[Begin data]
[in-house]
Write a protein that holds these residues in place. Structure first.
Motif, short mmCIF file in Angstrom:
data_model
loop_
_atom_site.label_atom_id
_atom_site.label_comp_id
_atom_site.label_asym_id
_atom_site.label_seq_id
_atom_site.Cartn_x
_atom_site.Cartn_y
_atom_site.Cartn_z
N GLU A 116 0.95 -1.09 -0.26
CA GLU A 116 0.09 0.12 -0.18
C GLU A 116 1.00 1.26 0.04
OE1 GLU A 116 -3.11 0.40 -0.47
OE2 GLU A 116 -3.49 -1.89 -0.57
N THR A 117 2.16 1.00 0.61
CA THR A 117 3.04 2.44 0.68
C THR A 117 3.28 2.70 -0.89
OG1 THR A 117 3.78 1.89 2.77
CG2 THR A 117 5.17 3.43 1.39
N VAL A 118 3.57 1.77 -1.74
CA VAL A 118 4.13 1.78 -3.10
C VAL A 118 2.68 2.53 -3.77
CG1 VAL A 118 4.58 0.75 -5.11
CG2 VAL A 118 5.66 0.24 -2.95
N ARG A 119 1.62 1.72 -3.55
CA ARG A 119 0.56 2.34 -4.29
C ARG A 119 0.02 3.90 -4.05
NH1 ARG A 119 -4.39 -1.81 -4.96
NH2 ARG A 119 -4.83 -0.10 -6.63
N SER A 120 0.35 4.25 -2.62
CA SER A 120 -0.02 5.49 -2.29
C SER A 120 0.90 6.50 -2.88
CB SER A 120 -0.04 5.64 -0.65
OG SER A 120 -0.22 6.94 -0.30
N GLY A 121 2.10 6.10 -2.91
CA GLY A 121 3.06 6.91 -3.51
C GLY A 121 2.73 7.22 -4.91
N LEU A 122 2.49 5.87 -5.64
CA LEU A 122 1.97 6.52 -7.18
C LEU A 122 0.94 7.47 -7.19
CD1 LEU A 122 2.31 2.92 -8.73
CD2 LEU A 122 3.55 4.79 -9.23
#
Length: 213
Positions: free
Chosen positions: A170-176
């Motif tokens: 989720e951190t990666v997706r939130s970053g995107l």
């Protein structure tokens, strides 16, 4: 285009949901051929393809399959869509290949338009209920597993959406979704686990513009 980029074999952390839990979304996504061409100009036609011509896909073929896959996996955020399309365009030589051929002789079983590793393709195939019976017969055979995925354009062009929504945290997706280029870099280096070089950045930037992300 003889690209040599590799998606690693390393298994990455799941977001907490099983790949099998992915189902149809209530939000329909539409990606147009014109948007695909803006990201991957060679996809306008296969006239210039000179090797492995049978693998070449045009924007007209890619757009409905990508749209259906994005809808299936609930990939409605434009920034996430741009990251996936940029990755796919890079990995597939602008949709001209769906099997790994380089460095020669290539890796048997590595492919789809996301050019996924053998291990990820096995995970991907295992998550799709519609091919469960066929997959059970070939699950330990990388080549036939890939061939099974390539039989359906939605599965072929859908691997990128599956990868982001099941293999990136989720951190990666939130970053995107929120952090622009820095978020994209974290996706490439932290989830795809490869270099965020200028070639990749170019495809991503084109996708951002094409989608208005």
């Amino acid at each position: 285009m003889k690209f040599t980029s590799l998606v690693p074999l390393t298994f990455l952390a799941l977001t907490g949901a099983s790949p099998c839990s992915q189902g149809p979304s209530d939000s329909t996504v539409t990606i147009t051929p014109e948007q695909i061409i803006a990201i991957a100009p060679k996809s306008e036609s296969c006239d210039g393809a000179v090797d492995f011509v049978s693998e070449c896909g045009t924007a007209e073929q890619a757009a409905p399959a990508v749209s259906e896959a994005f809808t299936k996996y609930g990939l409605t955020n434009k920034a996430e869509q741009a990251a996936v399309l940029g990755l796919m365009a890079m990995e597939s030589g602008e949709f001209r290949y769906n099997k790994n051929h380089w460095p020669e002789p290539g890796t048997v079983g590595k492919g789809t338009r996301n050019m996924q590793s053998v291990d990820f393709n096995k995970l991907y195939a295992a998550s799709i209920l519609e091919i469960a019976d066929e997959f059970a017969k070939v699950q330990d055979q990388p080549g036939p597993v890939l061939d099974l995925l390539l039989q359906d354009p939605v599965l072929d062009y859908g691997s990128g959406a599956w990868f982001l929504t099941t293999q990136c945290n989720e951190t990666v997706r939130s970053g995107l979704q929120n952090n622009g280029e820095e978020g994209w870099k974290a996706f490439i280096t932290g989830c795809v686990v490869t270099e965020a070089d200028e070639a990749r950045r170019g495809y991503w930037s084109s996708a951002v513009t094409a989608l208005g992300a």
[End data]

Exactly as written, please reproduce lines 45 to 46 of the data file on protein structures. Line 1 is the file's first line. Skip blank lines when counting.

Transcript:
CD2 LEU A 122 3.55 4.79 -9.23
#